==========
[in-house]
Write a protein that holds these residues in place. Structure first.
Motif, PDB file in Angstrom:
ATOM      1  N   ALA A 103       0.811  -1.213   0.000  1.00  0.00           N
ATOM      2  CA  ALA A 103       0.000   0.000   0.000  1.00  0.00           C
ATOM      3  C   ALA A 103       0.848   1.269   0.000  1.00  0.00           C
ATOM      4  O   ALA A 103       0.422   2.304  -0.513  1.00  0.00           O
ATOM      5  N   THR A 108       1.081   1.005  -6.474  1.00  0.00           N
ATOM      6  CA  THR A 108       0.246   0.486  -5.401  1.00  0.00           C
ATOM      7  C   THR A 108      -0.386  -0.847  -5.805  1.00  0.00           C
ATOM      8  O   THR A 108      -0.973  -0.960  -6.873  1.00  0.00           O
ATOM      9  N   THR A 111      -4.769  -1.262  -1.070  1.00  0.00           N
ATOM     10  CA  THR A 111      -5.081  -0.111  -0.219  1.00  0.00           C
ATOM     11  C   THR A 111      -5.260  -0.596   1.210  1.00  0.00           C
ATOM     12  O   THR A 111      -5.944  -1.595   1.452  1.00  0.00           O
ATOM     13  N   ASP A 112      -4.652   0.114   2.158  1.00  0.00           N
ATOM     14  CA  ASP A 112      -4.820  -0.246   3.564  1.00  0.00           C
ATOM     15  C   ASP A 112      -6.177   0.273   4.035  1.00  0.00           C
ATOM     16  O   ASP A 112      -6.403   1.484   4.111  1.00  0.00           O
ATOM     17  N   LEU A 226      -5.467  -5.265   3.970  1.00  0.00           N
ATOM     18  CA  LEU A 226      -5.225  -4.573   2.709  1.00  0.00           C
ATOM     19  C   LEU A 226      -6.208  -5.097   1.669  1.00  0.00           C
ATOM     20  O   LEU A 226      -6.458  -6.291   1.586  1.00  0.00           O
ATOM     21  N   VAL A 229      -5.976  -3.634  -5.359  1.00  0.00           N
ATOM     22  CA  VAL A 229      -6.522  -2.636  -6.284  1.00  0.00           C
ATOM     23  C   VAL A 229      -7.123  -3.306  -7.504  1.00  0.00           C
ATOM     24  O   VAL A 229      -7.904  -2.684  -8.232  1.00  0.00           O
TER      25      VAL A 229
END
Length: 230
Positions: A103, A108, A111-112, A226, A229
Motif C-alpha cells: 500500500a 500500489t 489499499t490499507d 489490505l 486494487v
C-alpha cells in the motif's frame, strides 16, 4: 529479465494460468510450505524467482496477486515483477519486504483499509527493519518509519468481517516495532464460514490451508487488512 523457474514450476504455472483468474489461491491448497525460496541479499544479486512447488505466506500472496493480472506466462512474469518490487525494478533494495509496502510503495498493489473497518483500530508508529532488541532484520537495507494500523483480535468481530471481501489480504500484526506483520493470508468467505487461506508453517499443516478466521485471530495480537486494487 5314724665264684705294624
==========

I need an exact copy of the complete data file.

[in-house]
Write a protein that holds these residues in place. Structure first.
Motif, PDB file in Angstrom:
ATOM      1  N   ALA A 103       0.811  -1.213   0.000  1.00  0.00           N
ATOM      2  CA  ALA A 103       0.000   0.000   0.000  1.00  0.00           C
ATOM      3  C   ALA A 103       0.848   1.269   0.000  1.00  0.00           C
ATOM      4  O   ALA A 103       0.422   2.304  -0.513  1.00  0.00           O
ATOM      5  N   THR A 108       1.081   1.005  -6.474  1.00  0.00           N
ATOM      6  CA  THR A 108       0.246   0.486  -5.401  1.00  0.00           C
ATOM      7  C   THR A 108      -0.386  -0.847  -5.805  1.00  0.00           C
ATOM      8  O   THR A 108      -0.973  -0.960  -6.873  1.00  0.00           O
ATOM      9  N   THR A 111      -4.769  -1.262  -1.070  1.00  0.00           N
ATOM     10  CA  THR A 111      -5.081  -0.111  -0.219  1.00  0.00           C
ATOM     11  C   THR A 111      -5.260  -0.596   1.210  1.00  0.00           C
ATOM     12  O   THR A 111      -5.944  -1.595   1.452  1.00  0.00           O
ATOM     13  N   ASP A 112      -4.652   0.114   2.158  1.00  0.00           N
ATOM     14  CA  ASP A 112      -4.820  -0.246   3.564  1.00  0.00           C
ATOM     15  C   ASP A 112      -6.177   0.273   4.035  1.00  0.00           C
ATOM     16  O   ASP A 112      -6.403   1.484   4.111  1.00  0.00           O
ATOM     17  N   LEU A 226      -5.467  -5.265   3.970  1.00  0.00           N
ATOM     18  CA  LEU A 226      -5.225  -4.573   2.709  1.00  0.00           C
ATOM     19  C   LEU A 226      -6.208  -5.097   1.669  1.00  0.00           C
ATOM     20  O   LEU A 226      -6.458  -6.291   1.586  1.00  0.00           O
ATOM     21  N   VAL A 229      -5.976  -3.634  -5.359  1.00  0.00           N
ATOM     22  CA  VAL A 229      -6.522  -2.636  -6.284  1.00  0.00           C
ATOM     23  C   VAL A 229      -7.123  -3.306  -7.504  1.00  0.00           C
ATOM     24  O   VAL A 229      -7.904  -2.684  -8.232  1.00  0.00           O
TER      25      VAL A 229
END
Length: 230
Positions: A103, A108, A111-112, A226, A229
Motif C-alpha cells: 500500500a 500500489t 489499499t490499507d 489490505l 486494487v
C-alpha cells in the motif's frame, strides 16, 4: 529479465494460468510450505524467482496477486515483477519486504483499509527493519518509519468481517516495532464460514490451508487488512 523457474514450476504455472483468474489461491491448497525460496541479499544479486512447488505466506500472496493480472506466462512474469518490487525494478533494495509496502510503495498493489473497518483500530508508529532488541532484520537495507494500523483480535468481530471481501489480504500484526506483520493470508468467505487461506508453517499443516478466521485471530495480537486494487 5314724665264684705294624